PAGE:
One corollary of conceptual writing, following Sol LeWitt, maintains that “the idea or concept is the most important aspect of the work” and that “the execution is a perfunctory affair.” Hence, in its purest and most rigorous application no writing results at all: the concept alone is worth contemplation and would only be determined in its execution. Another corollary maintains, to the contrary, that writing resulting from the execution of a concept or procedure should itself be at least as interesting as the concept or procedure. From this it follows that value inheres to concept or procedure chiefly insofar as it yields compelling, engaging, interesting writing. I intend my review of American Dialectics to operate somewhere between these corollaries. I want as much as possible to collapse this very distinction and make the concepts and procedures an integral part of the very material occasion of the text’s being.
Yes I am a poet, truly, and I was struck dumb, stammering, attempting to speak in the presence of your glance. Shall we talk? In faith and in hope, I am listening.
I can certainly imagine procedures to obtain the circumspection of my pleasures. The business of coiling, rattling, and spitting. This describes the situation obtaining. Somebody else did it before we did it. I am nowhere gathered together. I recognize that scene of language. Do you remember shape-shifting? It frees the air of dead influences. I am transported, beyond language, i.e., beyond the mediocre, beyond the general. I can do everything with my language, but not my body. And no silence exists. I am not interested in my mind. Music is not different only simpler. Now that things are so simple, I hear rumbling menacingly a whole other world. I engage in dialogue, to the point where I lash out furiously against the importune outsider who wakens me from my delirium. “We have three”: the close anonymous collaboration. I perform, discretely, lunatic chores. I am caught up in a double discourse, from which I cannot escape. I sustain this discourse. We will change direction constantly. Phrases begin and end. I want, I desire, quite simply, a structure. Does it matter which?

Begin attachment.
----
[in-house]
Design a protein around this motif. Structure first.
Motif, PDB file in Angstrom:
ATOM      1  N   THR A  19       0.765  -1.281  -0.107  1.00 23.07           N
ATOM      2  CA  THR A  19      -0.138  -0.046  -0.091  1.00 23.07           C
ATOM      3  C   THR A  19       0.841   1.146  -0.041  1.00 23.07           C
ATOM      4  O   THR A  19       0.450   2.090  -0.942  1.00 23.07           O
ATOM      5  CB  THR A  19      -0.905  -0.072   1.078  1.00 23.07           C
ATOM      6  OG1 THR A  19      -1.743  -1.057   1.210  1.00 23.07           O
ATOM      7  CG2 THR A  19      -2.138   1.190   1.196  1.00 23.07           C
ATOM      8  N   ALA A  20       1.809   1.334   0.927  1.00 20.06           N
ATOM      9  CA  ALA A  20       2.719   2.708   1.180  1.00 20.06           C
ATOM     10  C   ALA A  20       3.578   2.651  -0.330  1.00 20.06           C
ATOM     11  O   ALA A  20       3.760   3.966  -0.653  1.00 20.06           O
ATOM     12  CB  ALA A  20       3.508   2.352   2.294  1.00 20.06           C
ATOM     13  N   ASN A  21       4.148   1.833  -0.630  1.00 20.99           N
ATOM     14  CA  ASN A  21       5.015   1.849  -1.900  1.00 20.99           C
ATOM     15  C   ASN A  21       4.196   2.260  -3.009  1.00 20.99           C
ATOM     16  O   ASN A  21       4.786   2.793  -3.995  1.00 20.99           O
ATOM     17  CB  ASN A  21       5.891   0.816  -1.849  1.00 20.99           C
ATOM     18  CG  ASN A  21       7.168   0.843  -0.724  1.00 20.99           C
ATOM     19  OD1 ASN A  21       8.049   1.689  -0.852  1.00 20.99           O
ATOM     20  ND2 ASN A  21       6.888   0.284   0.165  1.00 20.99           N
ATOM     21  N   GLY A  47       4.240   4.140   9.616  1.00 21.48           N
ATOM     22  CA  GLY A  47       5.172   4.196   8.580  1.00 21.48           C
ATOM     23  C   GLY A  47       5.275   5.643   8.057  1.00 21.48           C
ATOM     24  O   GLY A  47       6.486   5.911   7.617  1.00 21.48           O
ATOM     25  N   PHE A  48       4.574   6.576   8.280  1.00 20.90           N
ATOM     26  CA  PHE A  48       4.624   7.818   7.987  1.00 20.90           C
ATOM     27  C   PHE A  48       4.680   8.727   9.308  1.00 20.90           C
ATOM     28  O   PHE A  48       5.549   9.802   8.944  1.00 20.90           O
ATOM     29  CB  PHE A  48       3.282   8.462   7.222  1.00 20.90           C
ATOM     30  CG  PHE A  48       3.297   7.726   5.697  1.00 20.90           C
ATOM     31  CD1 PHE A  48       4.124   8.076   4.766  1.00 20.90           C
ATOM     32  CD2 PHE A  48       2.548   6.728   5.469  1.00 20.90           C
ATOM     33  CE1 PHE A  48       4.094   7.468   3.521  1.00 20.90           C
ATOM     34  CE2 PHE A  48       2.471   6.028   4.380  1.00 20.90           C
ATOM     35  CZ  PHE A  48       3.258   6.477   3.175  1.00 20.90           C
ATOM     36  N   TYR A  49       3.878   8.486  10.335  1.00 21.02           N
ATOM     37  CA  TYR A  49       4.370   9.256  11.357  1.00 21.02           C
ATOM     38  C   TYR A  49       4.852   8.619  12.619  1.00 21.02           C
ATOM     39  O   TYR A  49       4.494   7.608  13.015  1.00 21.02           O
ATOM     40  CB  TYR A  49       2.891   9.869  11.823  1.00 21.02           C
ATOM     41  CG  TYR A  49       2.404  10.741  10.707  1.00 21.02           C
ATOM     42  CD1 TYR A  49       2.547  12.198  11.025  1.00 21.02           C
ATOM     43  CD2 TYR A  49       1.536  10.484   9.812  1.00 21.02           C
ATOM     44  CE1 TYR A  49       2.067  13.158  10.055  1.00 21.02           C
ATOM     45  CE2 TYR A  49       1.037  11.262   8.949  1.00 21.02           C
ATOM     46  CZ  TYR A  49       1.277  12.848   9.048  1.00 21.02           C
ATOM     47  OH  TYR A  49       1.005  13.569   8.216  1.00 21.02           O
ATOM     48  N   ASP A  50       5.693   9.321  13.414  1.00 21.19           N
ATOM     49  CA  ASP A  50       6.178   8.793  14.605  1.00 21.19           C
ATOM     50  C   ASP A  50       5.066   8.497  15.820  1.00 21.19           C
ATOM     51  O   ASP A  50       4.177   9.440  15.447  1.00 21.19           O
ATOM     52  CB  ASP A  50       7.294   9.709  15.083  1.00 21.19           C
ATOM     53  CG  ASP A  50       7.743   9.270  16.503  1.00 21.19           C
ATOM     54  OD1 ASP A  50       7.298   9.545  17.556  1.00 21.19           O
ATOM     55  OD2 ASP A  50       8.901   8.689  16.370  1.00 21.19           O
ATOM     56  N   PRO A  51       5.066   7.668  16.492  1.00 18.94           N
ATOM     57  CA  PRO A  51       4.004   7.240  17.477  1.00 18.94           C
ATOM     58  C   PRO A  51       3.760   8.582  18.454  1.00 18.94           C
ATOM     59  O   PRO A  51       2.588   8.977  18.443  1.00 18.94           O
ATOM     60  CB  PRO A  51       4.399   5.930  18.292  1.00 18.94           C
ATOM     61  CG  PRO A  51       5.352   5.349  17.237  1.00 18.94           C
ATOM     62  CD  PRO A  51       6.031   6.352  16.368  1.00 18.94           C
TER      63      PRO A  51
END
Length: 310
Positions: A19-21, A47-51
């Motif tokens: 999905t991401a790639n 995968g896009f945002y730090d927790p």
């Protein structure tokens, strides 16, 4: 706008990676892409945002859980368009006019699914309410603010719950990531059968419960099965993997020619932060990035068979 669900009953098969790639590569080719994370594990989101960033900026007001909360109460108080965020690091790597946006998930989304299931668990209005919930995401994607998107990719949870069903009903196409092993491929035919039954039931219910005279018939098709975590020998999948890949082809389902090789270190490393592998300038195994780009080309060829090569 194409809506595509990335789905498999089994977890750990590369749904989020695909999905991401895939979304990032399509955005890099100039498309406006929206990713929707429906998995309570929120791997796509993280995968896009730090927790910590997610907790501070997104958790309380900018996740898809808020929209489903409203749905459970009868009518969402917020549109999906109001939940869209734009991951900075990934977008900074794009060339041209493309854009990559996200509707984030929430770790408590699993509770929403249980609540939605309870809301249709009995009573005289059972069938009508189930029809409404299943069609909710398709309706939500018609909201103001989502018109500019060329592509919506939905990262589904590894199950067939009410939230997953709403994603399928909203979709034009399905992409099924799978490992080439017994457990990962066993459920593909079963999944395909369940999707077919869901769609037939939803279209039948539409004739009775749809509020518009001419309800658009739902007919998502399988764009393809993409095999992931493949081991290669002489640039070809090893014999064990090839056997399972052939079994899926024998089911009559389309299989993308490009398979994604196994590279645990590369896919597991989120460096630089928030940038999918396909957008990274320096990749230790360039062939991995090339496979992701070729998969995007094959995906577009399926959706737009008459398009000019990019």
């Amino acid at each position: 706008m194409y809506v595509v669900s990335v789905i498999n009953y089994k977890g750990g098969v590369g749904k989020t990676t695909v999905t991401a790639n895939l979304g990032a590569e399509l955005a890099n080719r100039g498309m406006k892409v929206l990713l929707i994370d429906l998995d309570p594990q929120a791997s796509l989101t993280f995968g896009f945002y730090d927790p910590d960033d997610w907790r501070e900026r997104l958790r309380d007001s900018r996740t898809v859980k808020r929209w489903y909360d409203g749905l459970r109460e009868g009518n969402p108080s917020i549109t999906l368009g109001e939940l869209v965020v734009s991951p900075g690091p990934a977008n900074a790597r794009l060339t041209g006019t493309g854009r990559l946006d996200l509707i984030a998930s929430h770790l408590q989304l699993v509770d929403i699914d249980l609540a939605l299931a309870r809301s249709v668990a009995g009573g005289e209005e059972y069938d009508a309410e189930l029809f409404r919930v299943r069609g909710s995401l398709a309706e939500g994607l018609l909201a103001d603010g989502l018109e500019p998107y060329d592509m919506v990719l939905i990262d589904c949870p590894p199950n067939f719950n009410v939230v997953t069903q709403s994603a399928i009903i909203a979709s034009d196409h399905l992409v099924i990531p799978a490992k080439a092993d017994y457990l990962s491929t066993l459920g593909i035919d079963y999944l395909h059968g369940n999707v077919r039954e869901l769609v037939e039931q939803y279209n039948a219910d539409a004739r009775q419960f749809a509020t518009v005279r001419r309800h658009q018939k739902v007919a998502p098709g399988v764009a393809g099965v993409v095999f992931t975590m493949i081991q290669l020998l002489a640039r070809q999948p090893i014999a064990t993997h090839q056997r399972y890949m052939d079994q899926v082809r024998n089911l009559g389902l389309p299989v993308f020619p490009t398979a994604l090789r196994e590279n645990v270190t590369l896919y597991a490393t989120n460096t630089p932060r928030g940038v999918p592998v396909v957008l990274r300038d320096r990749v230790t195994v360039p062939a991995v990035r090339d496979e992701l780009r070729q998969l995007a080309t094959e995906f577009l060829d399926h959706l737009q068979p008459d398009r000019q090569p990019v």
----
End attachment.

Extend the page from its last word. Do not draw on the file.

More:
If one hears what one writes—by which I mean not just paper poems—how can one not be seduced by the sensuality of the language? It is physical, very exciting, and when organized it can have the impact and grandeur of Wordsworth. The struggle is between this sensuousness which is elegance and the newer, easier to arrive at, excitement. On the one hand language is comprehensible in that it evokes a sentiment, though the sentiment itself may be incomprehensible and far reaching. Language is all our dreams of poetry. Non-referentiality is poetry’s dreams of us. And those moments when one loses control, and language like crystals forms its own planes, and with a thrust, there is no language, no idiom, no sentiment, nothing left but the significance of our first breath.
I love splitting and scuttling American Dialectics. You go crazy traveling through logic, blaming it all and fucking over in ya. Words, terrible scuttle. You like his alright. Move over if talk can grab ya. No trust can doubt you.
“A Conceptual Review of American Dialectics by Tom Orange” is a treatment of Tom Orange’s American Dialectics (Slack Buddha Press, 2008), conceived of on 16 February 2013, actualized on 17 February 2013, and performed on 18 February 2013. Each paragraph of this review contains language taken from a particular piece of conceptual writing found in the original text. The original text contains seven compositions, five of which Orange actualizes/performs and two of which remain conceptual.